Member Question: Cleat Position

author : FitWerx
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Member Question from Aquagirl

How do I know if my cleats need to be adjusted? And how do you know in which direction to adjust them? I have been having medial knee pain and edema but my LBS says the cleat placement is fine. Will Speedplays perhaps be the answer? I currently ride Keos with the red (more float) cleat.

Answer by Dean Phillips
Lead Fitter FitWerx2

Proper cleat positioning and pedal alignment can be one of the most complicated yet very important aspects of bike fitting. It’s not uncommon for me to spend up to half my bike fitting time addressing cleat, foot, and alignment issues. If you haven’t had a cleat fitting performed by a reputable fitter then it’s certainly something I’d recommend. Poor cleat positioning and/or pedal alignment can often times be the cause of the knee pain you’re describing. While it’s difficult to diagnose your exact problem via email, it sounds like something that the following guidelines will help address. In our experience your problem could be caused by poor cleat positioning, but it’s also likely that saddle position or the need for forefoot varus canting could be the needed solution.

The ball of your foot is the area that will transfer all of your power to the pedal. We position the cleat under the most stable portion of the ball of your foot which typically falls under the ball of the 2nd toe – or just behind the 1st metatarsal head (the 1st metatarsal head is typically the widest point on the inside of your foot). This cleat location provides a central leverage point that maximizes both power transfer and stability during the pedal stroke.

Both Speedplay and Look Keo pedals have enough float options to provide the right solution for every rider. I wouldn’t recommend one pedal system over another in this case since they both are well equipped to address the problem if used properly. It’s more important to make sure that you’re using the correct amount of float with each system and that the cleats themselves are positioning properly. In the case of the Speedplays, we recommend the more updated “Zero” pedals which allow you to adjust the amount and direction of float the cleat provides. This allows a good bike fitter the ability to give you the right amount of float under each foot and minimize the risk for excessive float. In some cases excessive float can lead to knee pain due to the increased demand on the knee to stabilize a foot that’s floating excessively during the pedal stroke.

There’s a possibility that your red Look Keo cleats are allowing your foot to float to a degree that’s causing the medial knee pain. If you find your heel rotates toward the bike during the downstroke, then reducing this float with the gray Look Keo cleats is a possible solution to reduce strain on that part of your knee. If my other recommendations don’t help, then this is certainly something to try.

In our experience, medial knee pain is most often caused by pronation of the foot or the knee traveling toward the bike during the downstroke. The human foot was designed for walking and running, not rigid shoe sports like cycling. In the case of pronation, the foot will roll inward in some combination of arch collapse and forefoot twisting to provide cushioning. In a rigid shoe sport like cycling, this inward rolling of the foot causes the knee to travel toward the bike in a repetitive manner every pedal cycle. This repetitive motion puts extra strain on the medial side of your knee which can eventually lead to pain, injury, and/or edema like you describe. If this scenario is what’s causing your pain, then I’d recommend using forefoot varus cant wedges underneath the ball of your foot or a custom footbed. Both of these solutions will reduce the forefoot twisting and pronation during your pedal cycle and reduce the strain on the medial side of your knee. We’ve had a lot of success using in-the-shoe cant wedges from Bike Fit Systems, but there are other solutions on the market as well. A custom footbed or orthotic will provide the best ankle and arch stability in addition to forefoot support.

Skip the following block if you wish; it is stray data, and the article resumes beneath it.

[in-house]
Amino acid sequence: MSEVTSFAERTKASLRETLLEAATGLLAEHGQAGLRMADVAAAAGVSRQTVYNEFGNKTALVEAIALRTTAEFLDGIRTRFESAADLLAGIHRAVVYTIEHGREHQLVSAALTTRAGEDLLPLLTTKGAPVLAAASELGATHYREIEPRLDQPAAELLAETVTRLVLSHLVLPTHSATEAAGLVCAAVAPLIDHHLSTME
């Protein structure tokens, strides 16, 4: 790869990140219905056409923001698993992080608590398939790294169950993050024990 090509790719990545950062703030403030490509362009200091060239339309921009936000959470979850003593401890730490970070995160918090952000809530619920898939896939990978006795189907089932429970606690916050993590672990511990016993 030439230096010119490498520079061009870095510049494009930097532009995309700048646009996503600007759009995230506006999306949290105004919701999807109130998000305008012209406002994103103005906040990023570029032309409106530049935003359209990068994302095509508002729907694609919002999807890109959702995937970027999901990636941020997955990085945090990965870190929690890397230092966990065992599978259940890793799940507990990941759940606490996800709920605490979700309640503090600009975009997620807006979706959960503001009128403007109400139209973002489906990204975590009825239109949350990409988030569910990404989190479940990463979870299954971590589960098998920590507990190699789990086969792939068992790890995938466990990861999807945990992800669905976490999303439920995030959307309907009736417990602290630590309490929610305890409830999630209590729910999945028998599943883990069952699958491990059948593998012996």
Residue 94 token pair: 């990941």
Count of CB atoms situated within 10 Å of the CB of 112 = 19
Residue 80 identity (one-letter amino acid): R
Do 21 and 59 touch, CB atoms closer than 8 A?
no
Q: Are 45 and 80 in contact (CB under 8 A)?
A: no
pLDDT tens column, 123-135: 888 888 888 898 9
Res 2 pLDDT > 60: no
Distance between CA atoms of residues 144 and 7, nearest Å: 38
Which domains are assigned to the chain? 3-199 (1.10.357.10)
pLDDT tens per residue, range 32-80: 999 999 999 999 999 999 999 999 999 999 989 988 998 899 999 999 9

Outside of cleat positioning and pedal alignment, we’ve also had success reducing medial side knee pain by raising the saddle height. Increasing the saddle height will reduce the strain on both the front and medial sides of the knee. This is another option to look into if you can’t resolve your problem with the solutions I described above. If you adjust the saddle height, I recommend only adjusting it 2-3mm at a time and see how your knee responds.

Remember, once your knee is inflamed you’ll need to give it the necessary time to calm down. Depending on the severity of the pain, backing off on the cycling and seeking the proper help from a doctor or physical therapist may be best. You may find the correct solution on the bike, but if that part of your knee isn’t calmed down you may still experience pain.

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date: January 8, 2010

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FitWerx

Fit Werx offers the most scientific and complete bicycle fitting services in New England, the Northeast and beyond. Regardless of where you are from (Massachusetts, Connecticut, New York, New Hampshire, Maine, Rhode Island, Florida, Pennsylvania, Texas, Vermont, Australia, Macau...) a Fit Werx' bike fit is guaranteed to be worth the trip.

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avatarFitWerx

Fit Werx offers the most scientific and complete bicycle fitting services in New England, the Northeast and beyond. Regardless of where you are from (Massachusetts, Connecticut, New York, New Hampshire, Maine, Rhode Island, Florida, Pennsylvania, Texas, Vermont, Australia, Macau...) a Fit Werx' bike fit is guaranteed to be worth the trip.

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